Monish Jose, K.B. Umesh:
Value Chain Analysis of Medicinal Plant Market in Kerala

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MONISH JOSE1, K.B. UMESH2
1Leibniz Universität Hannover, Institute for Environmental Planning, Germany
2University of Agricultural Sciences, Department of Agricultural Economics, India

Kerala with its abundance of luxuriant flora is synonymous with ayurveda (plant based system of traditional medicine system native to India) and is possibly the only state in the country where ayurveda continues to be practised in its purest form. The demand for ayurvedic medicine is growing at a compound rate of 10-12% per annum in Kerala. The increasing awareness on effectiveness of traditional systems has resulted in higher demand for plant based formulations prepared by ayurvedic pharmaceutical industries followed by a higher demand of medicinal plants, used by these industries. The area under medicinal plant cultivation, on the other hand remains the same. Insufficient supply, market imperfections, increasing demand for herbal medicine followed by unscientific and destructive harvesting methods from the wild is tampering the forest resource. Considering this, the study focuses on the role of different intermediaries, the method of procurement of raw materials by the industry, their cost of production of different formulations and the price elasticites of demand of medicinal plants for augmenting the supply of medicinal plants to the industry. The study probes into the entire value chain of selected medicinal plants from production to final stage of consumption in the form of different prescribed medicinal formulations. The estimated demand elasticities were positive varying from 1.27% in Plumbago zylanica to 2.85% in case of Sida sp. The margin of the pharmaceutical industries always stood high irrespective of the plants and the channels which was around 50% of the sale price. The share of cultivators in consumers' final price was comparatively more than of collectors. Price spread for those plants which were collected from the wild were lower than that of cultivated. The results indicate the absence of a price regulatory body in herbal medicine sector. Contractual agreements between the cultivator/collector and the pharmacies should be encouraged at a negotiated price to increase the share of cultivator/collector in the industry coupled with educating the collector about scientific harvesting methods for reducing the demand-supply gap and the loss in forest wealth due to indiscriminate and unscientific harvesting.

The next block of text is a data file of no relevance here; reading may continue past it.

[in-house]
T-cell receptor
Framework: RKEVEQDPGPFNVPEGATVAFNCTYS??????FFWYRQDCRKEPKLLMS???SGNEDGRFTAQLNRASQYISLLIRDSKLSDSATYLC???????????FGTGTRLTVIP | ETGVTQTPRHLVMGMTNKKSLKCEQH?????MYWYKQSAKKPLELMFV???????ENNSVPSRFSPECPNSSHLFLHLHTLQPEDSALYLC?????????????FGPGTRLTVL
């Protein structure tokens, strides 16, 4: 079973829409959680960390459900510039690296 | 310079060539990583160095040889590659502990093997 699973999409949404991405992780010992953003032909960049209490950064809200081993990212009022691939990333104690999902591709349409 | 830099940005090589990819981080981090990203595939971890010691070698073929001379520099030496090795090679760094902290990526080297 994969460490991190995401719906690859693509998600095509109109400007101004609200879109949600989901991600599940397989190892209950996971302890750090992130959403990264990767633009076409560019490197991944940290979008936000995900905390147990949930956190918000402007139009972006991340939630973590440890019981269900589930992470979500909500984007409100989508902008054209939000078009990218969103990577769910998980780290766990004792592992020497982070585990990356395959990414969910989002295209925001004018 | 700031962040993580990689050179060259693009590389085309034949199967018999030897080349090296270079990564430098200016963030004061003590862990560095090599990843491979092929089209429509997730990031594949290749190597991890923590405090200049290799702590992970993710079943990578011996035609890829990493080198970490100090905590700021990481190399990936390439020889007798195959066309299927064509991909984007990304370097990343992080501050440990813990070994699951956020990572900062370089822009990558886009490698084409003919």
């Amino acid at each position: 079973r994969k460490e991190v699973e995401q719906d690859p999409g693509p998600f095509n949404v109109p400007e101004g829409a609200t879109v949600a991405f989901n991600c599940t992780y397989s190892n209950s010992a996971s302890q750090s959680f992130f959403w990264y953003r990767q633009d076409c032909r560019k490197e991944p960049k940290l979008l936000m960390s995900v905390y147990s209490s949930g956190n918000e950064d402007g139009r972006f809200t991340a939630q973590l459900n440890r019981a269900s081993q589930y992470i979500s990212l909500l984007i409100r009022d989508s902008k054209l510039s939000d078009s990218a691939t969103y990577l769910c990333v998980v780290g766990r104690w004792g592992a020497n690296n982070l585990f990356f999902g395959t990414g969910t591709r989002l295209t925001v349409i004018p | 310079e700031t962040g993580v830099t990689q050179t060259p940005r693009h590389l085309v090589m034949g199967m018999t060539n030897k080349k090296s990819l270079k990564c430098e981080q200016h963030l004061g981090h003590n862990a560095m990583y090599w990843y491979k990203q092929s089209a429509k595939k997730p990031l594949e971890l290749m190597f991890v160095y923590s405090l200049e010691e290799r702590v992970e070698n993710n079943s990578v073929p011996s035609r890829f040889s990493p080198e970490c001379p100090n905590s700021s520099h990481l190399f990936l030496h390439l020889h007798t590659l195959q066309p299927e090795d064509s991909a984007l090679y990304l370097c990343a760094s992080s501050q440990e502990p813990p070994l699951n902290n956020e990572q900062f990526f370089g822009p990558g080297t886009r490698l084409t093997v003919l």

Keywords: Elasticity, herbal medicine, medicinal plants market, price spread, value chain


Footnotes

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Contact Address: Monish Jose, Leibniz Universitšt Hannover, Institute for Environmental PlanningDorotheen Str 5b 206, 30419 Hannover, Germany, e-mail: jose@umwelt.uni-hannover.de
Andreas Deininger, October 2010